It was snowing on the way home! Okay, I shouldn’t really say it was “snowing” but there were snowflakes falling from the sky so it kinda-sorta counts. We may get up to three inches of snow tomorrow afternoon and all I can say is the shoulders of the roads better not be plowed when I get out of work or it will be a total rip-off.014

You know the saying, “You don’t know what you have until it’s gone”? I have had fun biking through the snow but I didn’t realize I would miss it quite so much when it no longer covered the road.

The past three nights I have been dreaming about bikes and snow in different  scenarios. (In one I was leading a group of friends in biking through this epic snow cave. They kept asking if  the walls would collapse since it was so warm outside and I would just reply, “Yeah, it is possible”, while calmly continuing to go father into the cave.)

So hopefully we will get some nice snow tomorrow or I may spend another night guiding my helpless friends to an icy demise.

To work (10 miles)
3:40 am to 4:40 am
Weather
20F, 7 mph Southeast wind

From work (10 miles)
3:15 pm to 4:20 pm
Weather
32F, 9 mph South wind

Saturday Commute

It is day three of the Errandonnee. I was going to count yesterday’s commute towards the Errandonne but that kinda failed. Thankfully, today’s ride was uneventful. Mostly.

I startled a bird that was in the snow bank this morning. It took off to fly…and went under my hands, flapping against my jacket for a brief second before fluttering away. If I had any presence of mind I could have grabbed it, stuck it my pannier and then counted my commute under the “You brought WHAT on your bike!?” category.

Poor bird (I think it was a pigeon or dove) I probably shocked it out of its early morning rest. But at least I wasn’t a two ton pickup truck!

When my work day had ended and I was changing back into my biking clothes I suddenly realized something. It was warm enough outside to wear sneakers! I am so used to putting on my huge men’s hiking boots that I forgot that sneakers are actually a viable footwear option. For the first mile my feet felt beyond weird in them. A good weird, of course.

Even though it has started snowing again, it feels like spring out. When I started this blog it was mostly to gather information for myself for the next winter (like a chipmunk gathering acorns). That is why I insisted on recording all my layers so meticulously. I really (like really, really, super really) think I have enough information about that aspect of winter biking so from now on I will simply record the weather, distance and time.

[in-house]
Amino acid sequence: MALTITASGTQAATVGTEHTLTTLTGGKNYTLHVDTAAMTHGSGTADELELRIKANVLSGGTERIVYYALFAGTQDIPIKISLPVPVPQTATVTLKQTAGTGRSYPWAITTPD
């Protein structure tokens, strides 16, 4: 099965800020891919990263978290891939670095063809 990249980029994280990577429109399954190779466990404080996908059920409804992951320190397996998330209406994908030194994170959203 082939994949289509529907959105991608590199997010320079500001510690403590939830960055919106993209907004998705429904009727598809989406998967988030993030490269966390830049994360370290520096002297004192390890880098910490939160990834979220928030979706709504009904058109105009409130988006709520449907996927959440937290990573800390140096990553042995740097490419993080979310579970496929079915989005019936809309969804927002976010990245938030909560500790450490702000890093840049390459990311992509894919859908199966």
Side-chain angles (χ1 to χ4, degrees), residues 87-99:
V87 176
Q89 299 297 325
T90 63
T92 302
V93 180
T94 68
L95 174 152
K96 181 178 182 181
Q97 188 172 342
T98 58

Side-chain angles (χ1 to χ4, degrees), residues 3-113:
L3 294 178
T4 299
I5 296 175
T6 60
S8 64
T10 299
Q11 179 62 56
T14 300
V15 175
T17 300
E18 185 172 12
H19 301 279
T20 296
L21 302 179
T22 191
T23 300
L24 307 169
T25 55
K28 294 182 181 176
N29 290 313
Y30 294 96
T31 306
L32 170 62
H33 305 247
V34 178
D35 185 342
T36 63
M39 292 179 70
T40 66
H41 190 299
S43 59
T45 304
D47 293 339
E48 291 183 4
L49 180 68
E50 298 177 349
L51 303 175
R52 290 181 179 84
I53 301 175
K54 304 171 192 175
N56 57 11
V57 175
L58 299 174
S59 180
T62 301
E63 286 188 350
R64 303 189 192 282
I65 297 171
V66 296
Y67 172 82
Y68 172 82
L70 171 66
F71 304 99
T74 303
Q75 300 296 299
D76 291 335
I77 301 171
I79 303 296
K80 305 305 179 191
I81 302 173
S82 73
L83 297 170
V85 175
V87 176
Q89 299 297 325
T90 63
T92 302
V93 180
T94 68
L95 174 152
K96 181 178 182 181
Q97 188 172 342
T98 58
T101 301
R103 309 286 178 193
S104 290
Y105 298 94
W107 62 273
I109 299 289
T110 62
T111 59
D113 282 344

To work (10 miles)
3:25 am to 4:25 am
Weather
20F, 21 mph Southwest wind, 28 mph gusts

From work (10 miles)
3:15 pm to 4:10 pm
Weather
26F, 17 mph Southwest wind, light snow

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This is the shed that my bike hangs out in while I am working.

Errand #4
Work (Work or Volunteering)
Distance: 20 miles

Friday Commute

As I started my ride I was awestruck by the beauty around me. The snowy landscape was gleaming from the light of a full moon making it the brightest morning I’ve experienced so far this winter. Two deer crossed the road underneath the moon night and I drew in a deep, contented breath, knowing this was going to be a peaceful, beautiful bike ride through the snow.

Until it wasn’t.

I had just descended the hill coming out of town, when my bike decided to revolt.

My bike and I have come to a mutual agreement about subzero rides. As long as I keep pedaling constantly, my bike will be nice to me. But if I coast at all, my bike does have the right to let the chain slip, which I then have to adjust before moving on.

But this morning my bike was having none of our little contract. The chain was slipping over and off of the gears, while I was pedaling. Not cool.

I readjusted the chain, and started pedaling. Success only lasted for three pedal strokes, however. After going through this process multiple times and having more trouble and less success each time, I realized that I was going to have to attempt getting to work without the help of my bike. (My dad’s hypothesis is that trapped moisture somehow prevented the freewheel from working in the cold.)

Maybe I could lower the seat and use the bike as a scooter? Nope, the seat would not budge. Then I discovered that while sitting on the saddle I could kick the snow bank on the edge of the road with my right foot and propel myself forward.

This proved effective as well as strenuous. I took breaks from bike-scooter-ing by jogging alongside my bike. It felt like a bizarre workout; push my bike along until my leg was on fire, then run until I was out of breath, repeat.

At almost the five mile mark, I checked the time. There was no way I could make it to work on time at this pace, or even make it before the restaurant opened. It was time to call in a rescue vehicle. Stink. Figuring that my dad (who had kindly come and installed new derailleur pulleys as well as serviced my front brakes the night before) wanted to wake up early on a Friday morning, I dialed his number. In fifteen seconds flat our conversation was over and he was on the way. (Isn’t he the best?)